1) “Coroner” (shown here) debut, 9 p.m. Wednesday, CW. This mini-network keeps importing shows to plug holes. Some are goofy (“Killer Camp,” “Task Master”) or bland (“Fridge Wars”), but this one is surprisingly good. Based on a series of novels, it starts with a life-changing moment for Dr. Jenny Cooper; then we flash forward. She’s the new coroner in Toronto, ready to help solve cases. The first – set in in a youth detention center – is a tough, smart story. Sharply written and acted, “Coroner” is a summer surprise.
2) “Big Brother All-Stars” opener, 8 p.m. Wednesday, Thursday and Sunday, CBS. Here’s the opposite of social-distancing; it packs strangers into a house together. To pull it off, the show says it quarantined each person separately, tested often and will have weekly tests. Supplies will be disinfected; crew members will be wearing masks and working in pods. Julie Chen Moonves is back as host. She’ll introduce the people – all of them from previous seasons — in Wednesday’s two-hour opener.
3) “America’s Got Talent: 15th Anniversary Special,” 8-10 p.m. Tuesday, NBC. This week, TV is noting two shows that transformed its summers. “Big Brother” started 20 years ago; “AGT” is in its 15th season. Others (“Survivor,” “Idol,” “Amazing Race”) moved into the regular season, but these remain summer staples. Now “AGT” looks at some of the people who went viral – Kodi Lee, Shin Lim, Grace Vanderwaal – and at groups, including Zurcaroh and V. Unbeatable, the winner of “AGT: Champions.”
4) Shark-invested changeover, Sunday, cable. Sharks continue to fill the National Geographic Channel all week, but on Sunday they’ll move over to Nat Geo Wild. That’s the same day that Discovery – which created “Shark Week,” 32 years ago – takes over. At 8 p.m., it returns to the site of one of its favorites – the high-leaping “Air Jaws.”At 9 p.m., it claims to have an underwater confrontation between sharks and Mike Tyson. At 10, it heads to New Zealand, the home of 20-foot great whites.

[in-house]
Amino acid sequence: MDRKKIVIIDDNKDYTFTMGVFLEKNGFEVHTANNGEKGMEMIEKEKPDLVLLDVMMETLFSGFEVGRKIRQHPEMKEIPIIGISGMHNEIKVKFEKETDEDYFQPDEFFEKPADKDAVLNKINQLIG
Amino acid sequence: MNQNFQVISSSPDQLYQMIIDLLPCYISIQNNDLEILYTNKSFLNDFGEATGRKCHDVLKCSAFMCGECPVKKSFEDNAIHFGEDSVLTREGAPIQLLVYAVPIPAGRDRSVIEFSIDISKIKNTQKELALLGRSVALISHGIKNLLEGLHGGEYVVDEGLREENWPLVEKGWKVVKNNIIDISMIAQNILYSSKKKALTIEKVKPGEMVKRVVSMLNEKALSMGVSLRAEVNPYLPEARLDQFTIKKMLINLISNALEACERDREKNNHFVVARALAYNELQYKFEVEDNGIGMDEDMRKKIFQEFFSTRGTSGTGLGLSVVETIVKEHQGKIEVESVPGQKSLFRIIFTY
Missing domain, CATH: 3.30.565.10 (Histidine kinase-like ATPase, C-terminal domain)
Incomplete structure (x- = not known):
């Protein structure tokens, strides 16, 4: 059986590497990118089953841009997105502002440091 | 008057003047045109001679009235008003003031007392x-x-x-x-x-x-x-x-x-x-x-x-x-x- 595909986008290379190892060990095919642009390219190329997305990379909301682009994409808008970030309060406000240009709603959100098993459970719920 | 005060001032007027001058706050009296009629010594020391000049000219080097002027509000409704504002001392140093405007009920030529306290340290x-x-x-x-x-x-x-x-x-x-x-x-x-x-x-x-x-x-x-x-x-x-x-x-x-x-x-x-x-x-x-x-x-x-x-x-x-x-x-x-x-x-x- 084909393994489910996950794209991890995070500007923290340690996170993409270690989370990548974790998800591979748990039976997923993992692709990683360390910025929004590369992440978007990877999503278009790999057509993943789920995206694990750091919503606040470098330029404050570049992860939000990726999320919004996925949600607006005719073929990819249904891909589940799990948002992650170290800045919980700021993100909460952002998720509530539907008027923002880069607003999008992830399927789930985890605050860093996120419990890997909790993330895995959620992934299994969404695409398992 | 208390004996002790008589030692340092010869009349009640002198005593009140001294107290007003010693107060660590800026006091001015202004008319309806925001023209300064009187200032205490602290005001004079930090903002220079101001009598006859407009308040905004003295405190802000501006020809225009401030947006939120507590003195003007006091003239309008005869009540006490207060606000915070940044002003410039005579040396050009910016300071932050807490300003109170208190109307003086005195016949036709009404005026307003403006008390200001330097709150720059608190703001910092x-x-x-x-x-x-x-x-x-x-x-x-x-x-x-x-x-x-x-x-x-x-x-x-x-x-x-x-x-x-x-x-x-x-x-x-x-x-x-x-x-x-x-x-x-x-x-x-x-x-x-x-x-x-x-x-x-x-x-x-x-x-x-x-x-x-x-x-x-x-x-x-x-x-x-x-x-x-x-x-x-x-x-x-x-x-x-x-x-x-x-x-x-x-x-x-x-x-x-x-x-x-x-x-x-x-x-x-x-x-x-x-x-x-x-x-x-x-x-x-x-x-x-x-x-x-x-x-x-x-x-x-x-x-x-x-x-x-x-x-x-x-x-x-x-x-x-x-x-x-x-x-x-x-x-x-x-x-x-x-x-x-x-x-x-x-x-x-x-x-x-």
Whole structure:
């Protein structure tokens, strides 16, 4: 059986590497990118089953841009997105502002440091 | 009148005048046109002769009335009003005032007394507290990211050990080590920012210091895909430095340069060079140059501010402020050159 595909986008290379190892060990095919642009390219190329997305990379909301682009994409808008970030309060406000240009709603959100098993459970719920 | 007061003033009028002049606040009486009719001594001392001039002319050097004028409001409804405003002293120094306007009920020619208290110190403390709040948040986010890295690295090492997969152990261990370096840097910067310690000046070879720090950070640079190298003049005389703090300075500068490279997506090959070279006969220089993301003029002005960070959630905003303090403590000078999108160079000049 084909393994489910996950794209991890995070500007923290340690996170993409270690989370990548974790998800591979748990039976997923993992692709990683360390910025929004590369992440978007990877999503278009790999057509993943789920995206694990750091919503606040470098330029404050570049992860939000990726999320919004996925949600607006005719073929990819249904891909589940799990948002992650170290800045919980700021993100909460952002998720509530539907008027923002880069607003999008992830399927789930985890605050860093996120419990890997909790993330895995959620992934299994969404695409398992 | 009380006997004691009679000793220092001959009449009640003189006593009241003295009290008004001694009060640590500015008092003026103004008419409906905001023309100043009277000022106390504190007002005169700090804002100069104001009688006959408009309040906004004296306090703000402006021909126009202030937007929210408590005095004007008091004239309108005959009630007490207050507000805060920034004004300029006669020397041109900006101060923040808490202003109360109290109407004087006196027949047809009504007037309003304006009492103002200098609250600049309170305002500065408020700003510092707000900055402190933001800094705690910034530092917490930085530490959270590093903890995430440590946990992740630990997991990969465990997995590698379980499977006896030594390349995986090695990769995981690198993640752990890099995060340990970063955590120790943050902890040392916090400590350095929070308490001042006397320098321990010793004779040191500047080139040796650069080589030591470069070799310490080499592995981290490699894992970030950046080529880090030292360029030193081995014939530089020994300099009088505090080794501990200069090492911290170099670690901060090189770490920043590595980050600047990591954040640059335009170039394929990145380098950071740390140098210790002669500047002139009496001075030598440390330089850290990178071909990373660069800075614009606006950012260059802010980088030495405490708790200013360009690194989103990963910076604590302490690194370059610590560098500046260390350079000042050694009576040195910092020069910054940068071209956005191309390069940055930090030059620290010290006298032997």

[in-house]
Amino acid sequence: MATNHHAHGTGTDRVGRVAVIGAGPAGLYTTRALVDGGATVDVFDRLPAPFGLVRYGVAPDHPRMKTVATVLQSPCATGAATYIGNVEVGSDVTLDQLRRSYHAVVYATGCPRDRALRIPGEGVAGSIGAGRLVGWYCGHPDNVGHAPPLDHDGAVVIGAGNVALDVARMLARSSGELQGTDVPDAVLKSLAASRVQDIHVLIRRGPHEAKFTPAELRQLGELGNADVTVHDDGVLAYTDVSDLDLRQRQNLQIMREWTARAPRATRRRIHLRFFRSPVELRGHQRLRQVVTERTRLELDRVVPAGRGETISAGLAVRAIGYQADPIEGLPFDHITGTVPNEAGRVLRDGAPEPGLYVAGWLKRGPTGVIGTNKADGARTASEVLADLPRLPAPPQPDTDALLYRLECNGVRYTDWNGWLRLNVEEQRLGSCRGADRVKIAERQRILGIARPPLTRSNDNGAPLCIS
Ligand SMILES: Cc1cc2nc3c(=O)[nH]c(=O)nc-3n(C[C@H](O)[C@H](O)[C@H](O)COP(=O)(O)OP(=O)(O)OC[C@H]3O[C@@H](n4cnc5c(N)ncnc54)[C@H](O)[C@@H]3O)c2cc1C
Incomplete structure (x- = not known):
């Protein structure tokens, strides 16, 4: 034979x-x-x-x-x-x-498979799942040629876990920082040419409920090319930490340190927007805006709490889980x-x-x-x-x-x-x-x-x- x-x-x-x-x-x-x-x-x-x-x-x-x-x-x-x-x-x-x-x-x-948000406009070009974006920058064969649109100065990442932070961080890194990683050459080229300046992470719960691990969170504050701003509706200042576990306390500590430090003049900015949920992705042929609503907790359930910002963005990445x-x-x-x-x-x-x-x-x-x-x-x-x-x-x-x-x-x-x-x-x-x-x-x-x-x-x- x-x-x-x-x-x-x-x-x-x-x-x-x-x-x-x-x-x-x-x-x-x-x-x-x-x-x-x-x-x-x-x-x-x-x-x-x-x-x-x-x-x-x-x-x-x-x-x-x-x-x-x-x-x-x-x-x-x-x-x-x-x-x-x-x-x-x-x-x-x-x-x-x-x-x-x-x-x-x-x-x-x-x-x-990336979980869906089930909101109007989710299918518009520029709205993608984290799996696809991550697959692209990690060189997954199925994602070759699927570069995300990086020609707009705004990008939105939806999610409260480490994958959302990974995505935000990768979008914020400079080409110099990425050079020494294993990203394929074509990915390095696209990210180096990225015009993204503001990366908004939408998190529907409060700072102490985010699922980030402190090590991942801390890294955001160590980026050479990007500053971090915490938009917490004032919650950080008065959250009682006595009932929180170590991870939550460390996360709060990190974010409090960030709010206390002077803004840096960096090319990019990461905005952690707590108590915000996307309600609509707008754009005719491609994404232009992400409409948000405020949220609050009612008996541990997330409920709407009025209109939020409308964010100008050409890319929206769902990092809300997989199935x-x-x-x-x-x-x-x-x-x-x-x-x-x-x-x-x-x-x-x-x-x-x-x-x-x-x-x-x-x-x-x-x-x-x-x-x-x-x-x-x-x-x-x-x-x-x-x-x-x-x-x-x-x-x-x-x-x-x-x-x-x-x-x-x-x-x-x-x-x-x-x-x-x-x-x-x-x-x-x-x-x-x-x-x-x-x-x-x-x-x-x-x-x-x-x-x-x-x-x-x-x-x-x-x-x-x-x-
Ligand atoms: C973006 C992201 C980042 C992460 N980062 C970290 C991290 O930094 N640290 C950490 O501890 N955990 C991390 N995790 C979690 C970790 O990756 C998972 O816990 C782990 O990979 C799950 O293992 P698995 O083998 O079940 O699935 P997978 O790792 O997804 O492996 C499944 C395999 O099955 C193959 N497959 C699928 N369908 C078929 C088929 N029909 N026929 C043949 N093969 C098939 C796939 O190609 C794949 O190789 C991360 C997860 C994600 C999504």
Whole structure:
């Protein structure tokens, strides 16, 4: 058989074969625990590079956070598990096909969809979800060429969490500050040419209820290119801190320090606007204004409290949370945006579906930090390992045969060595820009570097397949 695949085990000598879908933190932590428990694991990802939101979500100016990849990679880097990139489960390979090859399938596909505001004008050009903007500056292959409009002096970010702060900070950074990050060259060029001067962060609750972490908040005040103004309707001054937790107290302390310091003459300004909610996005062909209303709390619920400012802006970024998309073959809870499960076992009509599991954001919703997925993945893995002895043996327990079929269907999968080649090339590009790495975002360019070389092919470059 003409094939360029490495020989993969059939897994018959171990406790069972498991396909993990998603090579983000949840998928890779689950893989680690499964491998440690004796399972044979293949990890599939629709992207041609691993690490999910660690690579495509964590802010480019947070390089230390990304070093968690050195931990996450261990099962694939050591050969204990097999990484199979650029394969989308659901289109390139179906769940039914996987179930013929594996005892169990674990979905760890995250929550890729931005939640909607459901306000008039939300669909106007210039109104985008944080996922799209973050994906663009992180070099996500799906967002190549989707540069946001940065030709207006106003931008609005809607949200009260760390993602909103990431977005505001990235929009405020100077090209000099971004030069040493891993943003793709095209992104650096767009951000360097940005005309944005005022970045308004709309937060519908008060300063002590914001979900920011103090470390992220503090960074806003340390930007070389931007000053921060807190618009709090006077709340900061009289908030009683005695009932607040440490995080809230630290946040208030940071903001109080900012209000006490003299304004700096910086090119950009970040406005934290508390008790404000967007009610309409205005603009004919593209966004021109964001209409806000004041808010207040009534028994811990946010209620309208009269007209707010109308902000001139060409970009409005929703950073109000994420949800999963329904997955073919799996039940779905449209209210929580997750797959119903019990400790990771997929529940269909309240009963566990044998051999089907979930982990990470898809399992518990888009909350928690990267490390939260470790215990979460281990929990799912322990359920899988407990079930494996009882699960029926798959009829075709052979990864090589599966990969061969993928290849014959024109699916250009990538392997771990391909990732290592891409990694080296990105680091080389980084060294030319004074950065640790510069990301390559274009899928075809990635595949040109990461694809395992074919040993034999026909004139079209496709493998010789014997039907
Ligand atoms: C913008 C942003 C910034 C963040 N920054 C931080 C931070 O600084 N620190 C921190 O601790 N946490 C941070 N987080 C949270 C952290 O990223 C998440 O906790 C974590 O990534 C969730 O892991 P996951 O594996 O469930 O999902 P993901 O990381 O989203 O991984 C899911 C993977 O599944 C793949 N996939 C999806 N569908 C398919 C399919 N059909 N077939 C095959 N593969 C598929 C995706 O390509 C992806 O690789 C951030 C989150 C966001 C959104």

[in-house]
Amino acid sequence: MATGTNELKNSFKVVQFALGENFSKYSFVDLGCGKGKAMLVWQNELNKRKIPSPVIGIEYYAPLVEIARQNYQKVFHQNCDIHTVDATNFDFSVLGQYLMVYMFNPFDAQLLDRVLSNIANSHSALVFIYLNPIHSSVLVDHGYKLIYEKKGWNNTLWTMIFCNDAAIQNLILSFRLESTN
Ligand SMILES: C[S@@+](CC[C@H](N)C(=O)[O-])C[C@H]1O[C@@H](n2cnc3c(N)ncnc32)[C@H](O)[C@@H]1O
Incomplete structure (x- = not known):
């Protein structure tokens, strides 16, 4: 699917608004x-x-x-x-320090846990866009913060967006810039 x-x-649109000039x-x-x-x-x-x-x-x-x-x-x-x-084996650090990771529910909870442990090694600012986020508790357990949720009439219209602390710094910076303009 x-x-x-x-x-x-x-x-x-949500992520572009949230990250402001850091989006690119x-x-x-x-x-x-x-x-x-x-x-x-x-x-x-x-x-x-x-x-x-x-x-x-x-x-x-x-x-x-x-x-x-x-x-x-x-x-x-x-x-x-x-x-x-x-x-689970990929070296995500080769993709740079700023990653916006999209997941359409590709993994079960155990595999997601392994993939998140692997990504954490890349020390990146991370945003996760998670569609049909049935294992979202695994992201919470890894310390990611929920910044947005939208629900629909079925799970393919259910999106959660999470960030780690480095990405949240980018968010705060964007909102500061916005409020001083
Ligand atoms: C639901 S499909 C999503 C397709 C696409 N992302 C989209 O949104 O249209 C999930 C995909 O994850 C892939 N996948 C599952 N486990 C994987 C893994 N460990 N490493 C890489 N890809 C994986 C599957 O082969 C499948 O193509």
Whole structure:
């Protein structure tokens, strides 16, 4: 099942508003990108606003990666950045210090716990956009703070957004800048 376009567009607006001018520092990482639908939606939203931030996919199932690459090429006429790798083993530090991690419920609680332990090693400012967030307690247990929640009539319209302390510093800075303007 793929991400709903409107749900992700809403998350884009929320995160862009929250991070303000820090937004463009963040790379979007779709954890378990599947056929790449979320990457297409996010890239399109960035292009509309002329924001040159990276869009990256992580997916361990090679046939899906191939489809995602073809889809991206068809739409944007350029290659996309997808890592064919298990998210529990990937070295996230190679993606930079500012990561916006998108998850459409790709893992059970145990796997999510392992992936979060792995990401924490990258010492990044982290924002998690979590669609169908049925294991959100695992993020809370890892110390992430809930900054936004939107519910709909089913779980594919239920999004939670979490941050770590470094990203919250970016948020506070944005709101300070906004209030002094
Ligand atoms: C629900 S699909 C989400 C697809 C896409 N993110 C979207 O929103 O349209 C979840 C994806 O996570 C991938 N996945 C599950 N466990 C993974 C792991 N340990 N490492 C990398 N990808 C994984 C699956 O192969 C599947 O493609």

5) “Bob (Hearts) Abishola,” 8:30 p.m. today, CBS; and 10 p.m. today, “POV” (check local listings). Here are opposite views of African immigrants. The first is warm, funny and fictional, with the romance of a white Detroiter and a Nigerian native; in tonight’s rerun, Bob tries Abishola’s church. The second, harder and harsher, was filmed in a tiny Brussels hair salon. We slowly get the six-year story of a woman who went from Cameroon to near-slavery in Lebanon, then to Syria, Turkey and Greece.
6) “Modern Family,” 8 and 8:30 p.m. Tuesday, ABC. Barring a late change – something ABC has done often on Tuesdays – this will rerun the show’s two-part finale. It was a fairly good finish to a terrific, 11-year run. Cam and Mitchell are settling into their new life, with Lily and their newly adopted baby, when Cam suddenly gets a shot at his dream job, Meanwhile, Phil and Claire decide their house is too full; one of the grown children will have to leave. There’s more, with, as usual, warmth and laughter.
7) Sports surge. Fox switches baseball to Thursdays – the night it will have football next month. At 7:15 p.m. ET, regions will get the Astros-Diamondbacks or Cubs-Royals. Other broadcast networks also load up. CBS has golf, with the final PGA rounds fom 4-10 p.m. ET Saturday and 3-9 p.m. Sunday; ABC has basketball, with Spurs-Pelicans at 3 p.m. Sunday. There’s much more on ESPN or TNT; basketball is 6:30 and 9 p.m. ET every weekday, followed by a four-game spurt on Saturday.
8) “Great Performances: In the Heights: Chasing Broadway Dreams.” 9 p.m. Friday, PBS. Lin-Manuel Miranda grew up near Broadway, but hadn’t been to a show there. Then he saw “Into the Woods” on PBS; “it changed my life,” he’s said. He wrote “In the Heights” in college and refined it for almost a decade. He was 28 when it opened on Broadway in 2008, winning four Tonys, including best musical. This film aired a year later, tracing the effort. Later, in 2015, Miranda’s “Hamilton” ruled Broadway.
9) “American Sniper” (2014) or “Richard Jewell” (2019), 8 p.m. Saturday, Syfy or HBO. After mastering fiction, Clint Eastwood suddenly switched, directing five straight films based on true stories. The first (and, maybe, best) was “Sniper,” about a military marksman. Its six Oscar nominations included best actor (Bradley Cooper) and best picture. “Sniper” made $547 million worldwide – topping “Jewell” (about the security guard who found bombs near the 1996 Olympics) by $500 million.
10) “Masterpiece: Endeavour” season-opener, 9-11 p.m. Sunday, PBS. The good news is that this series ia back with three movie-length stories. It’s an “Inspector Morse” prequel, with the young detective solving crimes in Oxford; as usuall it’s beautifully filmed and subtly acted. And the bad? This opener leaps skittishly between several stories and only solves one (not the main one) in its opener. That’s not typical of “Masterpiece” or “Mystery”; neither is adding a supernatural detail that doesn’t quite fit.